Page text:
The popularity of on-screen archers like Hawkeye, Merida and Green Arrow has undeniably caused a commotion in the rapidly expanding archery community. So where does one go to pick up the bow and arrow?
By Sarah Wang
TWANG! The string reverberates through the air as it buzzes to a gentle stop beside your cheek. THWISH! The arrow is released from the bow, slicing swiftly through the air. THUNK! The arrow lands in the yellow with a satisfying thud — bullseye.
This cycle may seem unremarkable to most, but to those who call the Arroyo Seco’s archery range a second home, it is a familiar routine that they have near-perfected over years of practice. Pasadena Roving Archers (PRA), the park’s main occupant, was established in November of 1935 — making it the oldest field archery range in the country. The archery club, one of the largest entirely volunteer-run public archery education programs in the country, serves over 10,000 visitors per year and is home to USC’s Trojan Archery team.
What is it about the sport of archery that drives thousands to shoot at the range? Week after week, PRA’s free first-time classes are almost always booked to maximum capacity and its returning and advanced classes never fail to draw the crowds back.
A good portion of those crowds might stem from archery’s growing visibility in Hollywood. In the past few decades, archery has enjoyed an enormous surge in on-screen popularity, almost a revival even, whether it be in classics like the Lord of the Rings series or in the 2012 superhero favorite, The Avengers. In fact, PRA has had a hand in the making of some of those hit blockbusters, such as training Avatar’s Sam Worthington and Zoe Saldana as well as working with Arrow’s archery technician. While the media may be what draws some fans in, it is the sport itself that makes them stay.
Perhaps a reason why archery has gained so many loyal follows is that archery is a sport that comes with both physical and mental health benefits. Those unfamiliar with the sport often underestimate how physically demanding archery can be, especially in field archery. Usually, the draw weight on bows can range anywhere from 10 to 60 pounds, which requires a great amount of upper body and back strength. Archers often practice with stretch bands and weights to build strength and fine-tune the precise motor skills and muscle control that archery demands. All of this practice, in addition to carrying heavy equipment up and down the range, means that archers can expect to gain strength and stamina.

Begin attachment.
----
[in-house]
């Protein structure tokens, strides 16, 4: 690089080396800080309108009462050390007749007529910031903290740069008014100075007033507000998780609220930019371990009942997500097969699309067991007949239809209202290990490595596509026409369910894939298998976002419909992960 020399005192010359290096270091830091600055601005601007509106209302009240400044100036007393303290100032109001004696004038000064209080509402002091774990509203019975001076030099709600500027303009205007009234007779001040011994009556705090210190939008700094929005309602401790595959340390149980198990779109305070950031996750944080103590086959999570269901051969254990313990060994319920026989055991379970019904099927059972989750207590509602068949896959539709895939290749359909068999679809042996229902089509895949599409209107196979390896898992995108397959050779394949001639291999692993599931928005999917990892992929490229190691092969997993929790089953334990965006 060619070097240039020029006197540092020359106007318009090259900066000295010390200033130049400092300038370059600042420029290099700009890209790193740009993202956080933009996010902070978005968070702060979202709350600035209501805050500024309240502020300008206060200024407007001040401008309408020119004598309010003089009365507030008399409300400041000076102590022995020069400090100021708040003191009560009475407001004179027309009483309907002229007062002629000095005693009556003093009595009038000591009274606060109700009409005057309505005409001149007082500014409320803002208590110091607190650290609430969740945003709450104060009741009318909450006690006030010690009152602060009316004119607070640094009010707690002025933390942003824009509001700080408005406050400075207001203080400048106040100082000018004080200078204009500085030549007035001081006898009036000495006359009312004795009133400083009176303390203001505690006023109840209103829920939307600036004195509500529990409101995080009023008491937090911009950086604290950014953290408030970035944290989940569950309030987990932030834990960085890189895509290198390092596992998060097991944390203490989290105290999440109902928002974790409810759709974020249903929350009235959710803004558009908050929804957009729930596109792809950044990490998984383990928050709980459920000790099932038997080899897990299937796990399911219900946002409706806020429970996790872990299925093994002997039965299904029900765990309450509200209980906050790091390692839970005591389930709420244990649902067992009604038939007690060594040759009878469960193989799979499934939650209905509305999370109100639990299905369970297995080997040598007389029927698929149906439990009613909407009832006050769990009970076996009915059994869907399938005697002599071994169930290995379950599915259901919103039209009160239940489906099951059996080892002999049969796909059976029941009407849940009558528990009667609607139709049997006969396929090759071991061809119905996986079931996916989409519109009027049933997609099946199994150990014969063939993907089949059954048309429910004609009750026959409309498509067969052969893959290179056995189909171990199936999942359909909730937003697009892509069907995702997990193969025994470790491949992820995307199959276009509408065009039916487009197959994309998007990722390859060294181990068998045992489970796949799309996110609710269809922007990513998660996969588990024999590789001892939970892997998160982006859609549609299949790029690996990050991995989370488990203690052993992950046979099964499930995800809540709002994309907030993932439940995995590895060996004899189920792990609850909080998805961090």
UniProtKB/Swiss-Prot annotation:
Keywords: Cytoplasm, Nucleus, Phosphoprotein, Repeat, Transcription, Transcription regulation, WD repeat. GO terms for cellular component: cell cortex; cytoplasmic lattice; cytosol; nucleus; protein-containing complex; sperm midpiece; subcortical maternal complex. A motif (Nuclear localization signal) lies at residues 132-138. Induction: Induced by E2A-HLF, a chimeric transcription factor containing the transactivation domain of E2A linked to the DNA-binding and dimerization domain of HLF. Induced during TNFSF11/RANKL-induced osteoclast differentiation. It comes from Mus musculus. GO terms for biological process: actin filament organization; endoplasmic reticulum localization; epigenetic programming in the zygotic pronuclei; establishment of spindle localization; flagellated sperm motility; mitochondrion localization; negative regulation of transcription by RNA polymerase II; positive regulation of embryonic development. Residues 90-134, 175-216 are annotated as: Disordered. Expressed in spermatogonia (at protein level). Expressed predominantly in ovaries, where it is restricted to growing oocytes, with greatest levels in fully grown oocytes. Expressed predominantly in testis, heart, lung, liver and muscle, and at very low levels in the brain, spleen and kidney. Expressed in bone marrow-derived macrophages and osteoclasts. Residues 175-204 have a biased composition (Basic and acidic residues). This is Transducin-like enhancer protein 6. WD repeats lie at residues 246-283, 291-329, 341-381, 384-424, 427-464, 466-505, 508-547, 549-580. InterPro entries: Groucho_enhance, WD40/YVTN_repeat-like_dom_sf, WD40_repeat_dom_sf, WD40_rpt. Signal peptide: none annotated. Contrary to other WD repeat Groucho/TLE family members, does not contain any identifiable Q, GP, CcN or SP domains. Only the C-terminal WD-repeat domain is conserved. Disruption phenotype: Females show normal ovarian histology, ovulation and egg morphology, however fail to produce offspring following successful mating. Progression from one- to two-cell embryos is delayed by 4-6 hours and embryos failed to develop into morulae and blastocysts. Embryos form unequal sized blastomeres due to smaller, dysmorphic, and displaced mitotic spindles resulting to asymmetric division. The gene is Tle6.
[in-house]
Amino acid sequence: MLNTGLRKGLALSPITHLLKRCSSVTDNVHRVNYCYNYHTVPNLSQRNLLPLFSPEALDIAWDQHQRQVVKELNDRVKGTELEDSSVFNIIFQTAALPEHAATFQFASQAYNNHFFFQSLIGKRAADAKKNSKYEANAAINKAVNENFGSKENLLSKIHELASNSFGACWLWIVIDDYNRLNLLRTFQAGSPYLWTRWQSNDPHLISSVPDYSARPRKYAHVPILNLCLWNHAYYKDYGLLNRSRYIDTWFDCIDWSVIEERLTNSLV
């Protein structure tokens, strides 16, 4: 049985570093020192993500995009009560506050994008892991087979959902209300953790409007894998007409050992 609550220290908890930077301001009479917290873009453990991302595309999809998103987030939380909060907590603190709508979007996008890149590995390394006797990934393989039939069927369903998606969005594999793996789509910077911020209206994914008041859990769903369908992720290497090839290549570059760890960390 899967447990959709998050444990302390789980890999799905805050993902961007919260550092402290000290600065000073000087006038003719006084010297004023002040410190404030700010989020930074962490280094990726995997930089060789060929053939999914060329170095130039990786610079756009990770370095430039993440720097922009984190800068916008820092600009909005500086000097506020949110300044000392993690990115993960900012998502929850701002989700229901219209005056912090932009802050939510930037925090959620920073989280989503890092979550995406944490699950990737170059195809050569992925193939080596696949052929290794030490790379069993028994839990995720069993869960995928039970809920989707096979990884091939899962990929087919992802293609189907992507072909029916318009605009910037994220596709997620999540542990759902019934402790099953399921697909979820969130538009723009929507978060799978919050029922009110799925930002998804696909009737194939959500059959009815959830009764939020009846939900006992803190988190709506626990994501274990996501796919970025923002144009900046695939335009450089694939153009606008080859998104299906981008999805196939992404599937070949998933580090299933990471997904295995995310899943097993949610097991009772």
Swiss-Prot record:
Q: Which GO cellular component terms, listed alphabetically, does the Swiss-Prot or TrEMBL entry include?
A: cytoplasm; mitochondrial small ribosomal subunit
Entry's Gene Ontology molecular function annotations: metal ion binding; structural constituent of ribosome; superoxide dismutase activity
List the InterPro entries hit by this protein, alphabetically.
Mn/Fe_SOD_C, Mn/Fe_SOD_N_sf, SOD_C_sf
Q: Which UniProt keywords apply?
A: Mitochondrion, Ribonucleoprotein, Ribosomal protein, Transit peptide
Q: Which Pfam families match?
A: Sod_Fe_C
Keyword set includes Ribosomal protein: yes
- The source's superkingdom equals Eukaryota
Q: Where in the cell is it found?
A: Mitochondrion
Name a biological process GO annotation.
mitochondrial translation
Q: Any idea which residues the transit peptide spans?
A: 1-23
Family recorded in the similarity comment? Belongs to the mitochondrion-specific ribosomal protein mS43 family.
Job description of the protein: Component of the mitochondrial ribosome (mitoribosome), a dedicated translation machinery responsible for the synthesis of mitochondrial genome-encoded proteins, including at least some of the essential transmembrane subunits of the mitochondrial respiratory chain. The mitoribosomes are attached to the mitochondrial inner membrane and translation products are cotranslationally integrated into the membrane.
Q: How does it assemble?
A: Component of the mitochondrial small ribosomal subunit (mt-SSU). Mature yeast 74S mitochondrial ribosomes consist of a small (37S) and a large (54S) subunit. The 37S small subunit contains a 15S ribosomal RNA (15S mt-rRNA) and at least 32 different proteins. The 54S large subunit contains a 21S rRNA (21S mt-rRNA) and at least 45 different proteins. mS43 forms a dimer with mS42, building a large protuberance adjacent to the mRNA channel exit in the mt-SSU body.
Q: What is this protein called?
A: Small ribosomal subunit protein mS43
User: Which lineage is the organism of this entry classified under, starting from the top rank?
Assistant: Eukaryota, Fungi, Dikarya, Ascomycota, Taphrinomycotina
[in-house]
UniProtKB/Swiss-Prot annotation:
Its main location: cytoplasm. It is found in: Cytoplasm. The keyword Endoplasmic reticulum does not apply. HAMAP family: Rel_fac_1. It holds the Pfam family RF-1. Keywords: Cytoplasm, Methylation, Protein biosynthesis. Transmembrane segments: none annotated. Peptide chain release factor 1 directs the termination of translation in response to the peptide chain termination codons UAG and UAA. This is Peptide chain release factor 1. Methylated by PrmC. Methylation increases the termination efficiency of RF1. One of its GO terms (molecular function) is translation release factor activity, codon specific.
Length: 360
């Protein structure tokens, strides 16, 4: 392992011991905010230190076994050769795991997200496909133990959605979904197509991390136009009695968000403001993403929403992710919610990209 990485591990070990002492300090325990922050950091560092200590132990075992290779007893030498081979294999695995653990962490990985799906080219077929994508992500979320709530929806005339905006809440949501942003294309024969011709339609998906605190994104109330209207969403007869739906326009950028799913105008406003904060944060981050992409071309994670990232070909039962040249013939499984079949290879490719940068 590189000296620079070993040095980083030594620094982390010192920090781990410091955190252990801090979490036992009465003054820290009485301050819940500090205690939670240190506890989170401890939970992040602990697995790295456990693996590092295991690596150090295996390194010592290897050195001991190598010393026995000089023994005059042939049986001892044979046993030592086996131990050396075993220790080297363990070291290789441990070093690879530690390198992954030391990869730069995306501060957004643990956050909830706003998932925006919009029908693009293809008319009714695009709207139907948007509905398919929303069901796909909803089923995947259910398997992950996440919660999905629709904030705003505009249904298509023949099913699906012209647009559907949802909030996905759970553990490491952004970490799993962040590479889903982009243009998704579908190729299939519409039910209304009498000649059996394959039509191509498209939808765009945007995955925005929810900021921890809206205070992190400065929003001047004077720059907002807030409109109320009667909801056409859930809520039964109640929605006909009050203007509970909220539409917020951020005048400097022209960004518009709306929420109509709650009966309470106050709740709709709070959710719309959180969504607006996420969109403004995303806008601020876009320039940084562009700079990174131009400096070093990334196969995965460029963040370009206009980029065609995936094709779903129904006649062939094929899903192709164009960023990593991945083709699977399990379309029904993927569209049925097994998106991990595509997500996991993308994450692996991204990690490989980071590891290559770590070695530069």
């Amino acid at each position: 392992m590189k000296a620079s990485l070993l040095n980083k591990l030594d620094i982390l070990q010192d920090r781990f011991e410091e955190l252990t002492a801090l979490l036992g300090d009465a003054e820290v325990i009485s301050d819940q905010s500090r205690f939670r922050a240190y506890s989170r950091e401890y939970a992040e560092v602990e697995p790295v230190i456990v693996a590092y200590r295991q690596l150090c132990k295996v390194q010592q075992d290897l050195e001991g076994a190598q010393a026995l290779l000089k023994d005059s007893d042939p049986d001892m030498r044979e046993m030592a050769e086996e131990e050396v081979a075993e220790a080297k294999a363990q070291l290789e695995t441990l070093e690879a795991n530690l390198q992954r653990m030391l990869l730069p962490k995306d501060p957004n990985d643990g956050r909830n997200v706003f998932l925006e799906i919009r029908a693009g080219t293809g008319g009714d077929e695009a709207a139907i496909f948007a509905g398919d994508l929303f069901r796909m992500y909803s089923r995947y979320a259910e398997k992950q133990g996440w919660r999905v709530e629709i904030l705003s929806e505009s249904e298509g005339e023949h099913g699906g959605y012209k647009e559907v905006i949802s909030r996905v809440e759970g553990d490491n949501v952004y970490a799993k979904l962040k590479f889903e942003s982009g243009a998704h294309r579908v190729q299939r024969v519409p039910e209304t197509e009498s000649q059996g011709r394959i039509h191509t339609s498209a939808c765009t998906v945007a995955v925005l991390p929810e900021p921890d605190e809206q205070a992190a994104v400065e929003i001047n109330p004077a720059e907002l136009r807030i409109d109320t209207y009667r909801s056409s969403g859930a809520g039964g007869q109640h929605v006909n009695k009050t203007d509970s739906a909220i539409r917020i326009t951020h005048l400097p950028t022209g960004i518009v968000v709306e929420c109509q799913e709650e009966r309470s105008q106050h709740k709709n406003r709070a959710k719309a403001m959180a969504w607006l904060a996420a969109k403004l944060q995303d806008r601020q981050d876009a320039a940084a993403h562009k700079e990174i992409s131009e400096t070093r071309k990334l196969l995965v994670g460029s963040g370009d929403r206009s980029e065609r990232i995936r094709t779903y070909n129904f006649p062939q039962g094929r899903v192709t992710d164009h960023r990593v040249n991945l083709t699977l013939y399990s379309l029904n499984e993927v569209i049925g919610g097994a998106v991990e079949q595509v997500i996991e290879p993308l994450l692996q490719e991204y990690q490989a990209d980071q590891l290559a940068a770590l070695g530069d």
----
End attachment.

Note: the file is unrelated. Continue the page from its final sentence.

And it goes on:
The cognitive benefits of archery are also an advantage to archers in their daily lives as well. Over time, archers naturally build focus, patience, and confidence from archery that can be applied to other tasks. Often, archers are also found to enjoy the sport as a relaxing way to detox and de-stress, giving them the energy they need to power through their workdays. Plus, the archery community is known to be friendly and welcoming so meeting friends, new and old, is motivation enough to get out and shoot.
Of course, the thrill of competition is also a major factor. Most archery communities participate in several different kinds of archery such as field archery, target archery and 3-D archery. Target archery, as seen in the Olympics, is the type of archery in which archers shoot at fixed targets from marked distances, ranging from 18 to 70 meters. Field archery, on the other hand, consists of several different course layouts at varying differences in rough terrain. 3-D archery, as its name suggests, is a type of field archery in which archers aim at 3-D foam targets, usually in the shape of animals. Archers can easily find local tournaments in any of these categories, especially here in Southern California.
Archery is a sport that is open to people of all ages, genders and athletic abilities. So whether you’re an Olympic Recurve fan like Katniss or a traditionalist like Legolas, or perhaps even an admirer of Oliver Queen’s compound-looking Oneida Kestrel, there’s a place in the Arroyo Seco for you.